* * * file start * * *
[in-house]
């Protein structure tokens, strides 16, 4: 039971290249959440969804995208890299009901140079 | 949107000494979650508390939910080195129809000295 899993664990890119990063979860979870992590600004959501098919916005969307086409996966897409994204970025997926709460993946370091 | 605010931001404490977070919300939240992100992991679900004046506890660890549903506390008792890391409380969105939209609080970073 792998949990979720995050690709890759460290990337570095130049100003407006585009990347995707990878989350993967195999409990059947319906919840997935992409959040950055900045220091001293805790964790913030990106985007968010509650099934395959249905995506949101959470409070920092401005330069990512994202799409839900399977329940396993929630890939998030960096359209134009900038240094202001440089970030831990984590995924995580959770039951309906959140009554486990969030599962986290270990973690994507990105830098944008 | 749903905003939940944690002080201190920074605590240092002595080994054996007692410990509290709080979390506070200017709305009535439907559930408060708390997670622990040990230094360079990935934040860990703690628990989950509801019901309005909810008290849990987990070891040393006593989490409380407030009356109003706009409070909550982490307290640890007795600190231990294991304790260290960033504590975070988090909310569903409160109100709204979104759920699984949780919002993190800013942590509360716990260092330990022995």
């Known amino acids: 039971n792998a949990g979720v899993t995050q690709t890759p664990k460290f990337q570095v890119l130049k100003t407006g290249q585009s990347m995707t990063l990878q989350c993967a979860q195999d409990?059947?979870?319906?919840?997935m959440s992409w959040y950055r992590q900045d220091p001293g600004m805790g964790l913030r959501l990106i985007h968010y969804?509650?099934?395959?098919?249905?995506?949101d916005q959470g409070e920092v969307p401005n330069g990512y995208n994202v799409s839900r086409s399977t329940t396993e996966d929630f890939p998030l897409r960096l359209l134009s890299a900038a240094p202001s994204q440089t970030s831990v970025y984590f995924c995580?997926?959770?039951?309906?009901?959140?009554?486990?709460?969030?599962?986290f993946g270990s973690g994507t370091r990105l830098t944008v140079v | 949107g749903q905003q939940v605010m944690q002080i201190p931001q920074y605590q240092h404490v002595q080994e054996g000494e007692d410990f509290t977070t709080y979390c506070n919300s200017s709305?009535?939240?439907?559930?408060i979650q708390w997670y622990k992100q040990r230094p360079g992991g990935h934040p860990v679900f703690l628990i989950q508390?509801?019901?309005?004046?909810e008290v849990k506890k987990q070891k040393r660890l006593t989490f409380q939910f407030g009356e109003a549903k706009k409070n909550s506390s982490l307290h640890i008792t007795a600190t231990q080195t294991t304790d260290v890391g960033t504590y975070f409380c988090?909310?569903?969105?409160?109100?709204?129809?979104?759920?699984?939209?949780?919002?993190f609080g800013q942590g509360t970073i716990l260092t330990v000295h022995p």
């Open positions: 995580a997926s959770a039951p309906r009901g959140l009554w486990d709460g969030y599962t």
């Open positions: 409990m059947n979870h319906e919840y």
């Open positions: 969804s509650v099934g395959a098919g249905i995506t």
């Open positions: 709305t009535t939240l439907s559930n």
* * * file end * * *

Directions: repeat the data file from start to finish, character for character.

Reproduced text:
[in-house]
């Protein structure tokens, strides 16, 4: 039971290249959440969804995208890299009901140079 | 949107000494979650508390939910080195129809000295 899993664990890119990063979860979870992590600004959501098919916005969307086409996966897409994204970025997926709460993946370091 | 605010931001404490977070919300939240992100992991679900004046506890660890549903506390008792890391409380969105939209609080970073 792998949990979720995050690709890759460290990337570095130049100003407006585009990347995707990878989350993967195999409990059947319906919840997935992409959040950055900045220091001293805790964790913030990106985007968010509650099934395959249905995506949101959470409070920092401005330069990512994202799409839900399977329940396993929630890939998030960096359209134009900038240094202001440089970030831990984590995924995580959770039951309906959140009554486990969030599962986290270990973690994507990105830098944008 | 749903905003939940944690002080201190920074605590240092002595080994054996007692410990509290709080979390506070200017709305009535439907559930408060708390997670622990040990230094360079990935934040860990703690628990989950509801019901309005909810008290849990987990070891040393006593989490409380407030009356109003706009409070909550982490307290640890007795600190231990294991304790260290960033504590975070988090909310569903409160109100709204979104759920699984949780919002993190800013942590509360716990260092330990022995």
């Known amino acids: 039971n792998a949990g979720v899993t995050q690709t890759p664990k460290f990337q570095v890119l130049k100003t407006g290249q585009s990347m995707t990063l990878q989350c993967a979860q195999d409990?059947?979870?319906?919840?997935m959440s992409w959040y950055r992590q900045d220091p001293g600004m805790g964790l913030r959501l990106i985007h968010y969804?509650?099934?395959?098919?249905?995506?949101d916005q959470g409070e920092v969307p401005n330069g990512y995208n994202v799409s839900r086409s399977t329940t396993e996966d929630f890939p998030l897409r960096l359209l134009s890299a900038a240094p202001s994204q440089t970030s831990v970025y984590f995924c995580?997926?959770?039951?309906?009901?959140?009554?486990?709460?969030?599962?986290f993946g270990s973690g994507t370091r990105l830098t944008v140079v | 949107g749903q905003q939940v605010m944690q002080i201190p931001q920074y605590q240092h404490v002595q080994e054996g000494e007692d410990f509290t977070t709080y979390c506070n919300s200017s709305?009535?939240?439907?559930?408060i979650q708390w997670y622990k992100q040990r230094p360079g992991g990935h934040p860990v679900f703690l628990i989950q508390?509801?019901?309005?004046?909810e008290v849990k506890k987990q070891k040393r660890l006593t989490f409380q939910f407030g009356e109003a549903k706009k409070n909550s506390s982490l307290h640890i008792t007795a600190t231990q080195t294991t304790d260290v890391g960033t504590y975070f409380c988090?909310?569903?969105?409160?109100?709204?129809?979104?759920?699984?939209?949780?919002?993190f609080g800013q942590g509360t970073i716990l260092t330990v000295h022995p």
């Open positions: 995580a997926s959770a039951p309906r009901g959140l009554w486990d709460g969030y599962t």
């Open positions: 409990m059947n979870h319906e919840y």
């Open positions: 969804s509650v099934g395959a098919g249905i995506t």
């Open positions: 709305t009535t939240l439907s559930n």